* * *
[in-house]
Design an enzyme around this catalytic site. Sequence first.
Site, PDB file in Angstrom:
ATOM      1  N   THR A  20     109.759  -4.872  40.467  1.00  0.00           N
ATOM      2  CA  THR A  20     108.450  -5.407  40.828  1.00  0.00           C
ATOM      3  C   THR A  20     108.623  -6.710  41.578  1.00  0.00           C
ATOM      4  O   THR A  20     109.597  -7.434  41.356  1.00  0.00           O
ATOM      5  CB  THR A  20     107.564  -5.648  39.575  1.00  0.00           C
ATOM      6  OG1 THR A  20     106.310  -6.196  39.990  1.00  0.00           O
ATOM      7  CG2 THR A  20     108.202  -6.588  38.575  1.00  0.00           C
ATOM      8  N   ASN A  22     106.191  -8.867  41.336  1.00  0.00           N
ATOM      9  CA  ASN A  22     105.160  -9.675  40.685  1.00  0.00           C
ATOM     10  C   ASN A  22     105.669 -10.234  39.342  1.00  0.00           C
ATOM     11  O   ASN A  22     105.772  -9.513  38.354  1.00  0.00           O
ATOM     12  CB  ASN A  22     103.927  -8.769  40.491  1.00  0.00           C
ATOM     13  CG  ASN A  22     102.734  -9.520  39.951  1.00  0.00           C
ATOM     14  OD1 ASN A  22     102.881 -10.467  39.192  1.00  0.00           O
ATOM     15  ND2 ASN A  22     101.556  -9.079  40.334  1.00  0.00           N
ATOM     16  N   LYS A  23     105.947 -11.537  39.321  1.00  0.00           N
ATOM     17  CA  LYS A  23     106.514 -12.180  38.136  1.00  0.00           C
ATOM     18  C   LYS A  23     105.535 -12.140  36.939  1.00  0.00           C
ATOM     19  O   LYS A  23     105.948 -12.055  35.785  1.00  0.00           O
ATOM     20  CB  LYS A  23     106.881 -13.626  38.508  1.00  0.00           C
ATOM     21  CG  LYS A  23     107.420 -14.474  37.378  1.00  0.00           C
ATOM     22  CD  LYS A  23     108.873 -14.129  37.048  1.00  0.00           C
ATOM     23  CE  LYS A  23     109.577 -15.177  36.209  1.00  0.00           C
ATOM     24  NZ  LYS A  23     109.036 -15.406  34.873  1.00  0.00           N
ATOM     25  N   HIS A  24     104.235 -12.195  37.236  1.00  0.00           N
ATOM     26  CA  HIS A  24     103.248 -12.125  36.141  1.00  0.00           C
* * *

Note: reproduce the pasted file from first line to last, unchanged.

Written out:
[in-house]
Design an enzyme around this catalytic site. Sequence first.
Site, PDB file in Angstrom:
ATOM      1  N   THR A  20     109.759  -4.872  40.467  1.00  0.00           N
ATOM      2  CA  THR A  20     108.450  -5.407  40.828  1.00  0.00           C
ATOM      3  C   THR A  20     108.623  -6.710  41.578  1.00  0.00           C
ATOM      4  O   THR A  20     109.597  -7.434  41.356  1.00  0.00           O
ATOM      5  CB  THR A  20     107.564  -5.648  39.575  1.00  0.00           C
ATOM      6  OG1 THR A  20     106.310  -6.196  39.990  1.00  0.00           O
ATOM      7  CG2 THR A  20     108.202  -6.588  38.575  1.00  0.00           C
ATOM      8  N   ASN A  22     106.191  -8.867  41.336  1.00  0.00           N
ATOM      9  CA  ASN A  22     105.160  -9.675  40.685  1.00  0.00           C
ATOM     10  C   ASN A  22     105.669 -10.234  39.342  1.00  0.00           C
ATOM     11  O   ASN A  22     105.772  -9.513  38.354  1.00  0.00           O
ATOM     12  CB  ASN A  22     103.927  -8.769  40.491  1.00  0.00           C
ATOM     13  CG  ASN A  22     102.734  -9.520  39.951  1.00  0.00           C
ATOM     14  OD1 ASN A  22     102.881 -10.467  39.192  1.00  0.00           O
ATOM     15  ND2 ASN A  22     101.556  -9.079  40.334  1.00  0.00           N
ATOM     16  N   LYS A  23     105.947 -11.537  39.321  1.00  0.00           N
ATOM     17  CA  LYS A  23     106.514 -12.180  38.136  1.00  0.00           C
ATOM     18  C   LYS A  23     105.535 -12.140  36.939  1.00  0.00           C
ATOM     19  O   LYS A  23     105.948 -12.055  35.785  1.00  0.00           O
ATOM     20  CB  LYS A  23     106.881 -13.626  38.508  1.00  0.00           C
ATOM     21  CG  LYS A  23     107.420 -14.474  37.378  1.00  0.00           C
ATOM     22  CD  LYS A  23     108.873 -14.129  37.048  1.00  0.00           C
ATOM     23  CE  LYS A  23     109.577 -15.177  36.209  1.00  0.00           C
ATOM     24  NZ  LYS A  23     109.036 -15.406  34.873  1.00  0.00           N
ATOM     25  N   HIS A  24     104.235 -12.195  37.236  1.00  0.00           N
ATOM     26  CA  HIS A  24     103.248 -12.125  36.141  1.00  0.00           C